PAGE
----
TL; DR: Scrum Sprint Planning Checklist
A Sprint Planning checklist? How dare you: Agile is a mindset, not a methodology. It is a journey, not a destination. There is no one-size-fits-all approach, and what else could you possibly cover with a checklist, the mother of all standardized processes?
Well, it always depends on the purpose of a tool’s application. Read more about why Scrum checklists are a handy tool if applied at an operational, hands-on level, reduce your cognitive load, and free up time for more relevant things.
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The Magic of Checklists
Some of you may be aware that checklists originate from an aviation accident. A new plane with a crew of most experienced test-pilots crashed during take-off. It turned out that the plane had no mechanical problems at all; the flight crew just forgot a simple step during the take-off procedure.
It was probably over-confidence meeting complexity, a feeling of “we know what we have to do, as we do it all the time” that led to the mistake. No matter what it was in the end, the consequence was to make checklists mandatory in aviation. Or in hospitals. Or anywhere where the complexity of a task at hand may prove to be too high of a cognitive load to trust everything will go smoothly.
So, from my perspective, checklists are not an evil means of imposing standardized processes but a helpful tool for practitioners even if they are a Scrum Master using a Sprint Planning checklist.
Scrum Sprint Planning Checklist – The Details
This Sprint Planning checklist is modeled after a former Scrum Team of a large multi-national, traditional utility company at the beginning of its Scrum journey. In other words, you will not be able to apply this checklist to your Scrum Team without inspection and adaptation. For example, they put a lot of effort into preparing the Sprint Planning during the frequent Product Backlog refinement sessions. (They continuously planned the next two Sprints during the refinement sessions.)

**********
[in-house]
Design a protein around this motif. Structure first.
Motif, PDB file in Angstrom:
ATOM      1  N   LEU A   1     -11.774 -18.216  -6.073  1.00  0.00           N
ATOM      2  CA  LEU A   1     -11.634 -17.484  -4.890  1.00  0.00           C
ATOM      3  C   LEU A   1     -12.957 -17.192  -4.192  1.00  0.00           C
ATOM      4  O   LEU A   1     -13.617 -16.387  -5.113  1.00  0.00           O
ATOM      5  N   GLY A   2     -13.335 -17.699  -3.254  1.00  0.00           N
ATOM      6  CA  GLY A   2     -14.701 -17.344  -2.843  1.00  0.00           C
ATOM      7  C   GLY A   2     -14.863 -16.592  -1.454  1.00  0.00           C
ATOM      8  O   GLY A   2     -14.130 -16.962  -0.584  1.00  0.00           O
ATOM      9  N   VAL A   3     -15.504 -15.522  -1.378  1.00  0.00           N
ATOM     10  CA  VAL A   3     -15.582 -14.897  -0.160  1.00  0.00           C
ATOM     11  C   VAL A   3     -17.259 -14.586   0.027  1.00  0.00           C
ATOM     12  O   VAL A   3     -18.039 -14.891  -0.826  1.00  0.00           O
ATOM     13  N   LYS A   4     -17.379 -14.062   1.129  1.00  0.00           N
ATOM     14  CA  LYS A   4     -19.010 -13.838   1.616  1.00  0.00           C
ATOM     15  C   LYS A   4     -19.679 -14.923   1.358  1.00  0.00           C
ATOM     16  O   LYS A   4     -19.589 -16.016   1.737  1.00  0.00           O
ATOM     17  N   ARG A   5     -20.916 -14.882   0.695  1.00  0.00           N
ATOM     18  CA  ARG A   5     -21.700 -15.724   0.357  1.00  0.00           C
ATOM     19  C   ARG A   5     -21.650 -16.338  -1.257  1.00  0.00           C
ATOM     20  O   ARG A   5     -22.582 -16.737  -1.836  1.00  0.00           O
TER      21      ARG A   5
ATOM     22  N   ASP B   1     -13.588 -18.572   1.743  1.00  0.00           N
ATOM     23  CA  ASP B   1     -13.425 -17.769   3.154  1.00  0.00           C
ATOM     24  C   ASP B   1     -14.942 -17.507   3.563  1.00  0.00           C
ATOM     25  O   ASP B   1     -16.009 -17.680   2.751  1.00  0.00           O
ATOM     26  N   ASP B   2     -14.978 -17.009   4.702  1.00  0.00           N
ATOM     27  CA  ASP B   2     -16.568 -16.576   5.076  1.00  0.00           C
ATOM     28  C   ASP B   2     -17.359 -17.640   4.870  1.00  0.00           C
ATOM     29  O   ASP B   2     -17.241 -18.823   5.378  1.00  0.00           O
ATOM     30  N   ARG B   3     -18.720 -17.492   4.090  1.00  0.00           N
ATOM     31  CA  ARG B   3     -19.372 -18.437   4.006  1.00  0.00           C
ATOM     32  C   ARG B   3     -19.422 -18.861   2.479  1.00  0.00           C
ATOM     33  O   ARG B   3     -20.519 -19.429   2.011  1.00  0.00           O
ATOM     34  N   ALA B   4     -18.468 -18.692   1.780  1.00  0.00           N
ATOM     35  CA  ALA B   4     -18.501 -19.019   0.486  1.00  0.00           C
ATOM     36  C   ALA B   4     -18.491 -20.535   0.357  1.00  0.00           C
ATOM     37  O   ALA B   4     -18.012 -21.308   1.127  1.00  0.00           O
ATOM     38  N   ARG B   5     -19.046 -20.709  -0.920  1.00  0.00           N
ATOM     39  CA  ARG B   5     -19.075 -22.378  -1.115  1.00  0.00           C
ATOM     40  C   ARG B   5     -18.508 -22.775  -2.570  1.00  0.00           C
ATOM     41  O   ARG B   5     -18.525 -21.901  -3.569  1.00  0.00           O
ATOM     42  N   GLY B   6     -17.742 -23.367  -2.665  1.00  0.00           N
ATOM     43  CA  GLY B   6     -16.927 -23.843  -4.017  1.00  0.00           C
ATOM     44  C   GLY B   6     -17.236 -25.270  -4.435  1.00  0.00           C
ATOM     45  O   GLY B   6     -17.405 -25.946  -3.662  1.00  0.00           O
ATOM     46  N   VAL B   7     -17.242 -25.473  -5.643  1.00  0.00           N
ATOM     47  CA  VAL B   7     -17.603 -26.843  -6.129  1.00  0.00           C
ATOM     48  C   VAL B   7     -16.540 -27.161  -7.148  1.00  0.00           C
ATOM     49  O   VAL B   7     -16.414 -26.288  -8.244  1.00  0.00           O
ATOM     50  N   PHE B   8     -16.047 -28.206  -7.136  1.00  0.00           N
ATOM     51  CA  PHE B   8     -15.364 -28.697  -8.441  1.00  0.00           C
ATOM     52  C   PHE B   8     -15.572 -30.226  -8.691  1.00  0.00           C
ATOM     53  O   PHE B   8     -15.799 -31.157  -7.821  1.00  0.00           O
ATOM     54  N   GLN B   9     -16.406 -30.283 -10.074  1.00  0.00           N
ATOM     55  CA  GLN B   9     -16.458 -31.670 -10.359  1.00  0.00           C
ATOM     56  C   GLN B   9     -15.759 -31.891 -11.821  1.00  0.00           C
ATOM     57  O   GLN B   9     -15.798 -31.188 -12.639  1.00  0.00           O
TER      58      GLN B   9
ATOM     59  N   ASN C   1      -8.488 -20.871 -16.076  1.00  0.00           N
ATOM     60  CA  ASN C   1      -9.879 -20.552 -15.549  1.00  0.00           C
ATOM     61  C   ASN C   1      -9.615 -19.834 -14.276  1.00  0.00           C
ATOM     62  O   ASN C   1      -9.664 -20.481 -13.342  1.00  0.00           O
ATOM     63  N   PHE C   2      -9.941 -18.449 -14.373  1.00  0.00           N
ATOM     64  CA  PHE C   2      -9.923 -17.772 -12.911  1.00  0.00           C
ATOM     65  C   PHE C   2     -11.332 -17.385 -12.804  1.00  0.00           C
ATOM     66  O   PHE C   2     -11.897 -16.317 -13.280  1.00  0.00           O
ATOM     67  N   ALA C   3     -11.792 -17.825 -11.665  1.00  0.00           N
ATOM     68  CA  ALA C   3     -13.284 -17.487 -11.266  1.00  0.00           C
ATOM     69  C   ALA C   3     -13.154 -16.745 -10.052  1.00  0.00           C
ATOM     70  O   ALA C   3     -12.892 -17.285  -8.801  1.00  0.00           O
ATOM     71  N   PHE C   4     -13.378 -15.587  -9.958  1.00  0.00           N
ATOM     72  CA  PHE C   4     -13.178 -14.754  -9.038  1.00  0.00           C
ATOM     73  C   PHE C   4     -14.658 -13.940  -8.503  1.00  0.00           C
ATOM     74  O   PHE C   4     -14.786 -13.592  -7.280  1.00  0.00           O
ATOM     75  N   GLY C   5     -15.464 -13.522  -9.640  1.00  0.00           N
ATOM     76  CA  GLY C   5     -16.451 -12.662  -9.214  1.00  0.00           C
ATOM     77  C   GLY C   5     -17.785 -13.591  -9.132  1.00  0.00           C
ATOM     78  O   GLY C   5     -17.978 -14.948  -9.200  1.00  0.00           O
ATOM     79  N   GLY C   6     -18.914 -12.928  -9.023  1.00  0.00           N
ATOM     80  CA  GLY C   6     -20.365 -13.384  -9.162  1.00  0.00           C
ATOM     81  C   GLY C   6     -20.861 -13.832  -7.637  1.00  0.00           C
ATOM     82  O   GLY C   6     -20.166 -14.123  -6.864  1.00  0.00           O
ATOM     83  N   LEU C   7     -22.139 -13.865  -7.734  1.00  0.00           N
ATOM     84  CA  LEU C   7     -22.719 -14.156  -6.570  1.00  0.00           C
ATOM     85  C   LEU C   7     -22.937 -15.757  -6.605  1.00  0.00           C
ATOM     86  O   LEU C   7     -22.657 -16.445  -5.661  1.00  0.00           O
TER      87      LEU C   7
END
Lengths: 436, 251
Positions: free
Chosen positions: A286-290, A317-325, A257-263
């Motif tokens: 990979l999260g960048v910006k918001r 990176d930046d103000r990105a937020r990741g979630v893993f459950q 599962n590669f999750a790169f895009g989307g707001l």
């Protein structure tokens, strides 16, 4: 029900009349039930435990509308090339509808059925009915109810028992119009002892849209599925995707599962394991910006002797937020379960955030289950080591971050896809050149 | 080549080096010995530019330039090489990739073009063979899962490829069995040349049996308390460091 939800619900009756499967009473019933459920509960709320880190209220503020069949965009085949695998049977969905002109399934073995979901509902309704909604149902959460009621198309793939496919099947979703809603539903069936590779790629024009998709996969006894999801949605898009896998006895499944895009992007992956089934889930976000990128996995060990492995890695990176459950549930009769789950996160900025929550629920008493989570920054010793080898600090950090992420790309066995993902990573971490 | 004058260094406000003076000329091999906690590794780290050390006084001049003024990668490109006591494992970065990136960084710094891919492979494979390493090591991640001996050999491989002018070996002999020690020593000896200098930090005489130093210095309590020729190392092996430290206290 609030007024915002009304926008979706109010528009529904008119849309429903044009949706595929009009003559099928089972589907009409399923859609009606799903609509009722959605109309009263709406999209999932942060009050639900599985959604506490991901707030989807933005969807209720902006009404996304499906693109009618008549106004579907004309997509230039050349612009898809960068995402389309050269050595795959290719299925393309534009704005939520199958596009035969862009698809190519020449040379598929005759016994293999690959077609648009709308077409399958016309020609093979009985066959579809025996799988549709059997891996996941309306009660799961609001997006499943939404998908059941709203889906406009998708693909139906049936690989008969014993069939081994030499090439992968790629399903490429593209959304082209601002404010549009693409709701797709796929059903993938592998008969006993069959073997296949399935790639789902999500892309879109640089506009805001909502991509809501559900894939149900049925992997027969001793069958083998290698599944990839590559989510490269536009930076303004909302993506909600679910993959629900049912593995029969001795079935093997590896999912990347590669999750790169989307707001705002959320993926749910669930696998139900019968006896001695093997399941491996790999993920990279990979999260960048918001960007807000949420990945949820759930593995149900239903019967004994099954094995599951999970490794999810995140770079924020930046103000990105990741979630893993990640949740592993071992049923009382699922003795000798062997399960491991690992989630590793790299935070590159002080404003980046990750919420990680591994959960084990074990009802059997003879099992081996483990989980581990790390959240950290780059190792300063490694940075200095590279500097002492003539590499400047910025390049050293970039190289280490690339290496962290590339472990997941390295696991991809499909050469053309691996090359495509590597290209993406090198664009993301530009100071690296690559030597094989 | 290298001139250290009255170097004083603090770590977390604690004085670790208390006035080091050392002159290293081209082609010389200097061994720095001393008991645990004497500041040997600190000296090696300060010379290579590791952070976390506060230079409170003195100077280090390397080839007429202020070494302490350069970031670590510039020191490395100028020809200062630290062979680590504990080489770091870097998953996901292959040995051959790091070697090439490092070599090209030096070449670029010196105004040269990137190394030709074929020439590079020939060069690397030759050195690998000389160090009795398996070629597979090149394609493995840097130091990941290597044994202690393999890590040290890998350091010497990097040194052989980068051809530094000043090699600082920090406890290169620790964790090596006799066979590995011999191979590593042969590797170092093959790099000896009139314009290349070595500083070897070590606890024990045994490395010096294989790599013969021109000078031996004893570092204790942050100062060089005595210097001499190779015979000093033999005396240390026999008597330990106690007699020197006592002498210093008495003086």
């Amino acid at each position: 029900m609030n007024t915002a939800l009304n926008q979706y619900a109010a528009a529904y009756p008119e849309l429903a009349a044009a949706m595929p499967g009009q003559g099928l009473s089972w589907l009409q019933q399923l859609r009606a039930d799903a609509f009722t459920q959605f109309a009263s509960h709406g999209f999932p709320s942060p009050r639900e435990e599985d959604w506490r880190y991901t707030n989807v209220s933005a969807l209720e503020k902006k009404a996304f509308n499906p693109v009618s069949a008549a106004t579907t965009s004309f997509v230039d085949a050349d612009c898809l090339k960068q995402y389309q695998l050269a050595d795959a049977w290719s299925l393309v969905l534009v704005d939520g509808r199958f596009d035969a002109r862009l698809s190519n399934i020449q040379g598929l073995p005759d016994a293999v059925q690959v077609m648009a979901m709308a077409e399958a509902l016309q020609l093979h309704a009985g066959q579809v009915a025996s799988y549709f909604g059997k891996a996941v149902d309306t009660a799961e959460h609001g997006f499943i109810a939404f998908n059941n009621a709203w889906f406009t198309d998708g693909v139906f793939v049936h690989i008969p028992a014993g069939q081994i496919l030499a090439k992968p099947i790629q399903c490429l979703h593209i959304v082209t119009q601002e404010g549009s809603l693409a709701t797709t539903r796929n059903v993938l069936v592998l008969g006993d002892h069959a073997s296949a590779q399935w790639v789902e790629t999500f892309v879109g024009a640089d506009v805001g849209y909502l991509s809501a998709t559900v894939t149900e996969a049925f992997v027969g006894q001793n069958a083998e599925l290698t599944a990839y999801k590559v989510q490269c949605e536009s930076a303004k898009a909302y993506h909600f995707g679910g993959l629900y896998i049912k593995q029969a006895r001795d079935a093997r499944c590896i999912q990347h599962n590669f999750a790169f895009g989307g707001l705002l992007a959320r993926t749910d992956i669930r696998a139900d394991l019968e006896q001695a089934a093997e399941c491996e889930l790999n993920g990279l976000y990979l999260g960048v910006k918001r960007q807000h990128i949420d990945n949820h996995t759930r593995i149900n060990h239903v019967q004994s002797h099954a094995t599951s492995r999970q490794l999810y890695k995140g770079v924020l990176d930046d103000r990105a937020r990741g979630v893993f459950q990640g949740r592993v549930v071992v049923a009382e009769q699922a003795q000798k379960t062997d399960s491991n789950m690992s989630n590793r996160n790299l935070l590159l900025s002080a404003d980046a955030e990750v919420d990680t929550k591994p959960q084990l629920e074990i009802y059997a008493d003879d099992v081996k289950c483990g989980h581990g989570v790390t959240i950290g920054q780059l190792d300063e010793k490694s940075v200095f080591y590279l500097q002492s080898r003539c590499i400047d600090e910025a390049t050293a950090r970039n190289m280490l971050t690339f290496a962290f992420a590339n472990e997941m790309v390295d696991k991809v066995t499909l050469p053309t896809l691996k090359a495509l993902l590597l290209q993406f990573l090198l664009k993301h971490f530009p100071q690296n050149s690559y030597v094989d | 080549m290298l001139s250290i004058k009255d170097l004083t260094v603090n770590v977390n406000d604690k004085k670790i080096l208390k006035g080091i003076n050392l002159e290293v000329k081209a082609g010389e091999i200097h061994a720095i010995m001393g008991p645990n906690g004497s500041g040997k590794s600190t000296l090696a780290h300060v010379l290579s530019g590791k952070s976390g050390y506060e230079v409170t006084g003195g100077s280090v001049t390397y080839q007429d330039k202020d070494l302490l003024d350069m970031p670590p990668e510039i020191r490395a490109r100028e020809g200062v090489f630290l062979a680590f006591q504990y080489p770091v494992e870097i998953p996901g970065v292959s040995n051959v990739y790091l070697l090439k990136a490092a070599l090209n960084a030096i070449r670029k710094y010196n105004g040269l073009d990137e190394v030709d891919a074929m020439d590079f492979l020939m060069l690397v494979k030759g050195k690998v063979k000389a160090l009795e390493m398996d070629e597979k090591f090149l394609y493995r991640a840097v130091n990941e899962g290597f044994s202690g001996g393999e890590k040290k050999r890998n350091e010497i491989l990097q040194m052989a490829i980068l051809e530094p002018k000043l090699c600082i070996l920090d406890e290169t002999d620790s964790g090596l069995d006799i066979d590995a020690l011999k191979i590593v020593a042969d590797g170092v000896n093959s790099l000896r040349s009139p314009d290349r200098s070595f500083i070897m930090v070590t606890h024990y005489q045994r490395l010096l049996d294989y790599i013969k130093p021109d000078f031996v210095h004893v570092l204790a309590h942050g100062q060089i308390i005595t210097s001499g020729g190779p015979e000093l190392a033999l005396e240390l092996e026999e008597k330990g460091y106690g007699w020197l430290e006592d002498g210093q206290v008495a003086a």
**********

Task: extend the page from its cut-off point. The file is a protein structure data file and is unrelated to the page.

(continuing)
Practically, the Sprint Planning itself was most often a confirmation of what they already agreed on during the Product Backlog refinement. They probably adjust the scope of the planned Sprint during capacity planning. However, it rarely happened that they replaced the previously anticipated Sprint Goal for a completely different goal. A typical Sprint Planning hence took only between one or two hours.
The Scrum Team in question was rather large—eight developers—, mostly co-located with two or three team members joining remotely. It used Atlassian tools (Jira, Confluence) and had full control over its build-pipeline. Generally, the stakeholders had a significant influence on where the Scrum Team was heading, impeding the team on more than one occasion in the process. The work of the Scrum Master was hence more of a tactical or operational nature at the shop-floor.
Regarding the following timeline, T=0 refers to the start date of the upcoming Sprint, and T-1 is the day before the start of this Sprint. Consequently, T+1 is the day after the Sprint Planning.
The following Sprint Planning checklist includes tasks for everyone on the Scrum Team:
Preparing the Sprint Planning:
- T-2: Address the number of open tickets in the “code review” & “ready for acceptance columns.” Ask the team members to focus on moving tickets to “Done” before starting work on new tickets.
- T-1: Ask the team members to update the Sprint boards. (There were both a physical and an online Sprint board that needed to be synced.)
- T-1: Run the Sprint Review. (Ask: Did we meet the Sprint Goal, and are we still on track to meet the product goal with the upcoming Sprint?)
- T-1: Run the Sprint Retrospective. (Pick continuous improvement action items for the upcoming Sprint.)
- T-1: Remind all team members of tomorrow’s Sprint Planning.
During Sprint Planning:
- T=0: Kick-off the Sprint Planning by sharing a Zoom session for those team members who cannot participate in the Sprint Planning in person.
- T=0: Cleaning up the old board(s) with the whole Scrum Team by walking the board, checking each ticket’s status, and moving tickets if necessary. Sync the offline board with the Jira board. (The team always struggled with answering a simple question: Which board is the leading one? Given the remote team members, it should have been the Jira board.)